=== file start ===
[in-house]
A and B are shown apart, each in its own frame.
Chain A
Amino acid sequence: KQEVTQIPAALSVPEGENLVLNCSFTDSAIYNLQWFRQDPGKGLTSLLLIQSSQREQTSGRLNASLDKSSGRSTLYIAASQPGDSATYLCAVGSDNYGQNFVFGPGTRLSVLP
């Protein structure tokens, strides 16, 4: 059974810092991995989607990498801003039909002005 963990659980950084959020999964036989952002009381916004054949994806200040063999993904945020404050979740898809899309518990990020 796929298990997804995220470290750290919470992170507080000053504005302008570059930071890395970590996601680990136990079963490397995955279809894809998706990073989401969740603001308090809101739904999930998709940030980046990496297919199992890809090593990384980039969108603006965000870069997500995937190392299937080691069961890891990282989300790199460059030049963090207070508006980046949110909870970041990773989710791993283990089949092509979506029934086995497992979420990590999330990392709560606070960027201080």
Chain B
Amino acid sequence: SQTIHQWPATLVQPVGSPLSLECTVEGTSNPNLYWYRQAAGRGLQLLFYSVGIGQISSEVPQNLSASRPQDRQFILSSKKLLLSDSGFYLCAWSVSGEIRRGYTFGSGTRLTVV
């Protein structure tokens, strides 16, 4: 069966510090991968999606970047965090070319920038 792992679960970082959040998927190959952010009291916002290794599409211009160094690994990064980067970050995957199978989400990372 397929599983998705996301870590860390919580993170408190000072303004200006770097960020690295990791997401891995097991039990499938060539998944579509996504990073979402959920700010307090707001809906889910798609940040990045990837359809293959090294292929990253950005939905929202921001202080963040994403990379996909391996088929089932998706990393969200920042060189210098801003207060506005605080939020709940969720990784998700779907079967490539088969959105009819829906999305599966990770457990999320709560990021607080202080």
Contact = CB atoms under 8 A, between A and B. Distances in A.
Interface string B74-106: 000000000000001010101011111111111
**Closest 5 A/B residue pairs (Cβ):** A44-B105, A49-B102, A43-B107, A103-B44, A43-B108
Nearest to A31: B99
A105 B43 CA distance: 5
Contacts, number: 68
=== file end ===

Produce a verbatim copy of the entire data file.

[in-house]
A and B are shown apart, each in its own frame.
Chain A
Amino acid sequence: KQEVTQIPAALSVPEGENLVLNCSFTDSAIYNLQWFRQDPGKGLTSLLLIQSSQREQTSGRLNASLDKSSGRSTLYIAASQPGDSATYLCAVGSDNYGQNFVFGPGTRLSVLP
């Protein structure tokens, strides 16, 4: 059974810092991995989607990498801003039909002005 963990659980950084959020999964036989952002009381916004054949994806200040063999993904945020404050979740898809899309518990990020 796929298990997804995220470290750290919470992170507080000053504005302008570059930071890395970590996601680990136990079963490397995955279809894809998706990073989401969740603001308090809101739904999930998709940030980046990496297919199992890809090593990384980039969108603006965000870069997500995937190392299937080691069961890891990282989300790199460059030049963090207070508006980046949110909870970041990773989710791993283990089949092509979506029934086995497992979420990590999330990392709560606070960027201080």
Chain B
Amino acid sequence: SQTIHQWPATLVQPVGSPLSLECTVEGTSNPNLYWYRQAAGRGLQLLFYSVGIGQISSEVPQNLSASRPQDRQFILSSKKLLLSDSGFYLCAWSVSGEIRRGYTFGSGTRLTVV
């Protein structure tokens, strides 16, 4: 069966510090991968999606970047965090070319920038 792992679960970082959040998927190959952010009291916002290794599409211009160094690994990064980067970050995957199978989400990372 397929599983998705996301870590860390919580993170408190000072303004200006770097960020690295990791997401891995097991039990499938060539998944579509996504990073979402959920700010307090707001809906889910798609940040990045990837359809293959090294292929990253950005939905929202921001202080963040994403990379996909391996088929089932998706990393969200920042060189210098801003207060506005605080939020709940969720990784998700779907079967490539088969959105009819829906999305599966990770457990999320709560990021607080202080």
Contact = CB atoms under 8 A, between A and B. Distances in A.
Interface string B74-106: 000000000000001010101011111111111
**Closest 5 A/B residue pairs (Cβ):** A44-B105, A49-B102, A43-B107, A103-B44, A43-B108
Nearest to A31: B99
A105 B43 CA distance: 5
Contacts, number: 68